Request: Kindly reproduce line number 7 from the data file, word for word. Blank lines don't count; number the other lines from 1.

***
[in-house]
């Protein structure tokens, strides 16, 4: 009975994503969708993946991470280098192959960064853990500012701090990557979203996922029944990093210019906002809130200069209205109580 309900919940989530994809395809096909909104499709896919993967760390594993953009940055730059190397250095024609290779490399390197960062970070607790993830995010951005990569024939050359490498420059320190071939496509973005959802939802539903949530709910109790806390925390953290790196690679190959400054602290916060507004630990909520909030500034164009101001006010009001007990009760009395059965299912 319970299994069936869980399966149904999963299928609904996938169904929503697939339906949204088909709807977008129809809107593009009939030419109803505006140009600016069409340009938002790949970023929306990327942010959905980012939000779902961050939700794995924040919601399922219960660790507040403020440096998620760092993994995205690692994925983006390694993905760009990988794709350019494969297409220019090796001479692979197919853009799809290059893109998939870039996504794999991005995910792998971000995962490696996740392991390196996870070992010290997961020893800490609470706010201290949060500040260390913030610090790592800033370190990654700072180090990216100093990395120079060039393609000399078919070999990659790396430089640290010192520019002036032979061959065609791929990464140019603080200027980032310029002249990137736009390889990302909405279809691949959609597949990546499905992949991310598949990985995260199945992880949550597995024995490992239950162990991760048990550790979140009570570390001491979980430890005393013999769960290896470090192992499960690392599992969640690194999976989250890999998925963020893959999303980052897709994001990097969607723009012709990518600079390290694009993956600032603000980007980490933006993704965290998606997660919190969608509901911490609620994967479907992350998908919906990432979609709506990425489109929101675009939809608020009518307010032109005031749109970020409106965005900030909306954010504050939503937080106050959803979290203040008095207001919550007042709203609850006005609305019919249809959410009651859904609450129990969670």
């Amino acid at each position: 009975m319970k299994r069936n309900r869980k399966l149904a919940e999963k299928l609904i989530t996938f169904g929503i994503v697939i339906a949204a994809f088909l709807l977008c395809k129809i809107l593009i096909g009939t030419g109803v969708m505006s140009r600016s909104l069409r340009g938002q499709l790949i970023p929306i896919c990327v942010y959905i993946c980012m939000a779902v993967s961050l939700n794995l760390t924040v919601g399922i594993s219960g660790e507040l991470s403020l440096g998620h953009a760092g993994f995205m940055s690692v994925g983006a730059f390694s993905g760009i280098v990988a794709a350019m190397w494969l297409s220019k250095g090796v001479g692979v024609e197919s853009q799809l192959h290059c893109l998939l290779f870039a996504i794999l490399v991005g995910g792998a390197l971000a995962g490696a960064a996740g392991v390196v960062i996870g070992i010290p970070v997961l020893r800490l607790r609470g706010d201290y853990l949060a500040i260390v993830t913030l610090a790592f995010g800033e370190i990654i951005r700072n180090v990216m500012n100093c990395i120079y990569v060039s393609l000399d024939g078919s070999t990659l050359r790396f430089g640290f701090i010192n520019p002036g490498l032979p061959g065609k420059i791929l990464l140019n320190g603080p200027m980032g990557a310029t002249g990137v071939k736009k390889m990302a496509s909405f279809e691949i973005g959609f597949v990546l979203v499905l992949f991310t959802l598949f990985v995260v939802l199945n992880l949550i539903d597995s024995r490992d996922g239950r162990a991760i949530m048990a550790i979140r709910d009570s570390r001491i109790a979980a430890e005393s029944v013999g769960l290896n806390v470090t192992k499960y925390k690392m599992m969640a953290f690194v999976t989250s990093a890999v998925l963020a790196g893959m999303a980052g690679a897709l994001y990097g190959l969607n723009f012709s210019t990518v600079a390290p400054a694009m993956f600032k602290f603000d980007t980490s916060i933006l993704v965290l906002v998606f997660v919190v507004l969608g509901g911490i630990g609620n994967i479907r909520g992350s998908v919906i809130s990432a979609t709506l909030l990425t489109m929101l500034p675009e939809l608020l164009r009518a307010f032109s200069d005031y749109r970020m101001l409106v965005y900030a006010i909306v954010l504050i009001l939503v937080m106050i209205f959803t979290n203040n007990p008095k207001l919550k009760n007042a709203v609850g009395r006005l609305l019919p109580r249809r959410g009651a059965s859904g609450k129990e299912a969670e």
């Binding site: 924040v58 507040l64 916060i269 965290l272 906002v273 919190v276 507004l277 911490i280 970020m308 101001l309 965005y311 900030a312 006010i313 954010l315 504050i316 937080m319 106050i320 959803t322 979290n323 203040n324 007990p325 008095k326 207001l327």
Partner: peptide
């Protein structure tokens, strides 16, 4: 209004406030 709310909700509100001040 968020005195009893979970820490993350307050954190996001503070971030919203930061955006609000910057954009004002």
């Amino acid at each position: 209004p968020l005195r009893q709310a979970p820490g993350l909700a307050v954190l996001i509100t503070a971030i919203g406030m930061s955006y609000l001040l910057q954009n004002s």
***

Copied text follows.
């Amino acid at each position: 209004p968020l005195r009893q709310a979970p820490g993350l909700a307050v954190l996001i509100t503070a971030i919203g406030m930061s955006y609000l001040l910057q954009n004002s």